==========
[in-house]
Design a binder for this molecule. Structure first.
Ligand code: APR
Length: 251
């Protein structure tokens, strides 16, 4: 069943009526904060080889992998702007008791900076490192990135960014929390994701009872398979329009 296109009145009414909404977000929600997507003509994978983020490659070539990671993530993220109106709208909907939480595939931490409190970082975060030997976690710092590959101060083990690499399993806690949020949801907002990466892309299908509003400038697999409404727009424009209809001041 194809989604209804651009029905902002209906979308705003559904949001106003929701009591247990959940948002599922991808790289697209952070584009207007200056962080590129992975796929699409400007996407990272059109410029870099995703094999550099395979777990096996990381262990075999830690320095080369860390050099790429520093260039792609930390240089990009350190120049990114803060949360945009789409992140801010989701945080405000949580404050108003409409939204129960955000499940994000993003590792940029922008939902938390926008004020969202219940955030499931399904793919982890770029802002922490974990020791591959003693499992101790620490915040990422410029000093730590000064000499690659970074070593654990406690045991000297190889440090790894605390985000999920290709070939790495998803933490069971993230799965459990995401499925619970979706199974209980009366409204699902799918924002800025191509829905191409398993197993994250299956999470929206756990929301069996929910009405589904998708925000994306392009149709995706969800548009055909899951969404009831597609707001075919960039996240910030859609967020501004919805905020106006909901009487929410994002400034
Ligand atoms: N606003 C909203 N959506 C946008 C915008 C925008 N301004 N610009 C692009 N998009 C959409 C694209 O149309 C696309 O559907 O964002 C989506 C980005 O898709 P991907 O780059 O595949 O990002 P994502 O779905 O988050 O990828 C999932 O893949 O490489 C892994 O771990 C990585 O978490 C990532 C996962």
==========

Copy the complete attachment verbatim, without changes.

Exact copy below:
[in-house]
Design a binder for this molecule. Structure first.
Ligand code: APR
Length: 251
């Protein structure tokens, strides 16, 4: 069943009526904060080889992998702007008791900076490192990135960014929390994701009872398979329009 296109009145009414909404977000929600997507003509994978983020490659070539990671993530993220109106709208909907939480595939931490409190970082975060030997976690710092590959101060083990690499399993806690949020949801907002990466892309299908509003400038697999409404727009424009209809001041 194809989604209804651009029905902002209906979308705003559904949001106003929701009591247990959940948002599922991808790289697209952070584009207007200056962080590129992975796929699409400007996407990272059109410029870099995703094999550099395979777990096996990381262990075999830690320095080369860390050099790429520093260039792609930390240089990009350190120049990114803060949360945009789409992140801010989701945080405000949580404050108003409409939204129960955000499940994000993003590792940029922008939902938390926008004020969202219940955030499931399904793919982890770029802002922490974990020791591959003693499992101790620490915040990422410029000093730590000064000499690659970074070593654990406690045991000297190889440090790894605390985000999920290709070939790495998803933490069971993230799965459990995401499925619970979706199974209980009366409204699902799918924002800025191509829905191409398993197993994250299956999470929206756990929301069996929910009405589904998708925000994306392009149709995706969800548009055909899951969404009831597609707001075919960039996240910030859609967020501004919805905020106006909901009487929410994002400034
Ligand atoms: N606003 C909203 N959506 C946008 C915008 C925008 N301004 N610009 C692009 N998009 C959409 C694209 O149309 C696309 O559907 O964002 C989506 C980005 O898709 P991907 O780059 O595949 O990002 P994502 O779905 O988050 O990828 C999932 O893949 O490489 C892994 O771990 C990585 O978490 C990532 C996962």